"Dagarna kommer och går."

Translation:The days come and go.

November 25, 2014



...men mina känslor för dig är för evigt!

April 28, 2016


Could åker be used here instead of går?

December 2, 2014


No, 'åker' is mainly used for transportation of some kind. Gå/går is used in several ways, examples:

"Tiden går - The time passes"

"Motorn går - The engine runs"

"Mannen går - The man walks"

"Det går bra - It will work"

There are exceptions and ofddities as usual, this usage is a bit tricky to fully grasp i guess.

January 1, 2015


Ah... the suggestions suggest that går refers to leaving by foot... and I was about to ask...

... but if it turns out it is more generic that that... alright, thankies!

February 28, 2019


I don't think so because åker implies it drives or walks or uses some method of traveling. but I'm no expert so a second opinion would be nice!

December 13, 2014


I think of går as "going under their own power" if that helps.

May 8, 2019


och is barely audible here, is that how it's supposed to be read?

November 30, 2014


In almost all Swedish dialects "Och" is not fully pronounced. It becomes more like "Dagarna kommer O går"...When spoken fast, it is easy to miss. You might hear the same phenomenon in the word "Det" that means "It". The T is not always pronounced, so it sounds like "De" which means "They".

December 5, 2014


Please keep in mind that "De" is pronounced dom and the text-to-speech software is making a mistake!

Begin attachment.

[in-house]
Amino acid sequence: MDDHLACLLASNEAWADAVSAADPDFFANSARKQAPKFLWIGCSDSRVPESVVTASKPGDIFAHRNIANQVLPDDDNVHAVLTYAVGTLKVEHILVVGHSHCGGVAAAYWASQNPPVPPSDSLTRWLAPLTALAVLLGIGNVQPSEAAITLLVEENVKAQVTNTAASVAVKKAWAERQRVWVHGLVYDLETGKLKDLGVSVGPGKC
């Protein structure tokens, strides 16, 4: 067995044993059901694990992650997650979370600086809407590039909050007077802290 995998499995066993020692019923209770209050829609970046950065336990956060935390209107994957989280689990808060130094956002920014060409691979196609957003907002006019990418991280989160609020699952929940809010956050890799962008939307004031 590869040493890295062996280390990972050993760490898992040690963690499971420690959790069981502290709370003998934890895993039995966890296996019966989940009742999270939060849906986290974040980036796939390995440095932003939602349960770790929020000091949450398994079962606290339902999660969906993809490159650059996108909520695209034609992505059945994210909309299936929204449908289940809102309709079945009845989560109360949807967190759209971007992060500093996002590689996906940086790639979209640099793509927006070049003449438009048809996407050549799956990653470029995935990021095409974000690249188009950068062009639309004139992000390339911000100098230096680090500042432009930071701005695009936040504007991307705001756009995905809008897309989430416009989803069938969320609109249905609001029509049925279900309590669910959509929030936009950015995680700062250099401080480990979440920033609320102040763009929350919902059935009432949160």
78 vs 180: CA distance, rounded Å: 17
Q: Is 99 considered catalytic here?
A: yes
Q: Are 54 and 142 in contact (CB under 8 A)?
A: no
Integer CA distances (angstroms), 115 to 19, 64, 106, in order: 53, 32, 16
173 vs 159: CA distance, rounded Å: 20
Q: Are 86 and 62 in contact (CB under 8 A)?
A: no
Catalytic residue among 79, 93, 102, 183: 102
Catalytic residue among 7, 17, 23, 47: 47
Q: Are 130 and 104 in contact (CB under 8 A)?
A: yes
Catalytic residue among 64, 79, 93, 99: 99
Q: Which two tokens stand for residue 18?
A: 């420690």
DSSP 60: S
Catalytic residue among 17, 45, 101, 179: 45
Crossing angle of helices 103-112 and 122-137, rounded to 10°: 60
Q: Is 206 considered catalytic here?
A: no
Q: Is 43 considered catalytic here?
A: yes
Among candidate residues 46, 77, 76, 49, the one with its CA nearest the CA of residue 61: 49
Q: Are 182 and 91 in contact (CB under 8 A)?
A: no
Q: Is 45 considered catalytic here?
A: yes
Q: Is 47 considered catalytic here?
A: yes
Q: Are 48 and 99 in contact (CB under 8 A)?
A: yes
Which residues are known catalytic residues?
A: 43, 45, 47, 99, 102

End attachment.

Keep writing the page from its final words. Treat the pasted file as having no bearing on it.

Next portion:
December 22, 2014


Maybe that's why they pronounce "De" as "dom": to avoid confusion ;-)

March 20, 2015


Same with "är" it seems. (And when it's "Det är" it just sounds like "De" with a little flair at the end.)

December 6, 2014


Yes, the "är" is usually simplifed to a just "é" or "ä" depending which dialect. It is totally okey to speak like that because most people speak like that.

December 6, 2014


"I rummet kvinnorna kommer och går, de pratar på Michelangelo" ?

July 21, 2015


"Kvinnorna i rummet de komma och de gå, pratande om Michelangelo" (T.S.Elliot) The use of both "de" and specifying "kvinnorna" is common in poetry/lyrics but not in normal use, and in general the sentence has a poetic style. The last part with "prataNDE" is similar to the English talkING-form, but gramatically not the same.

September 12, 2017


Does it referes to something?

October 14, 2017


I translated this as "The days come and go" and I got it right, but I wonder what is considered the "best" sentence, and I can't tell because there are no comments, so here is the first one. I was wondering if this might have an alternative translation like "The days pass by."

January 27, 2018


Does Dygn kommer och går work? We were told dygn refers to the twenty four hour period and dag is more the daytime. This implies no difference.

June 27, 2018


Then you should say “dygnen”

May 16, 2019
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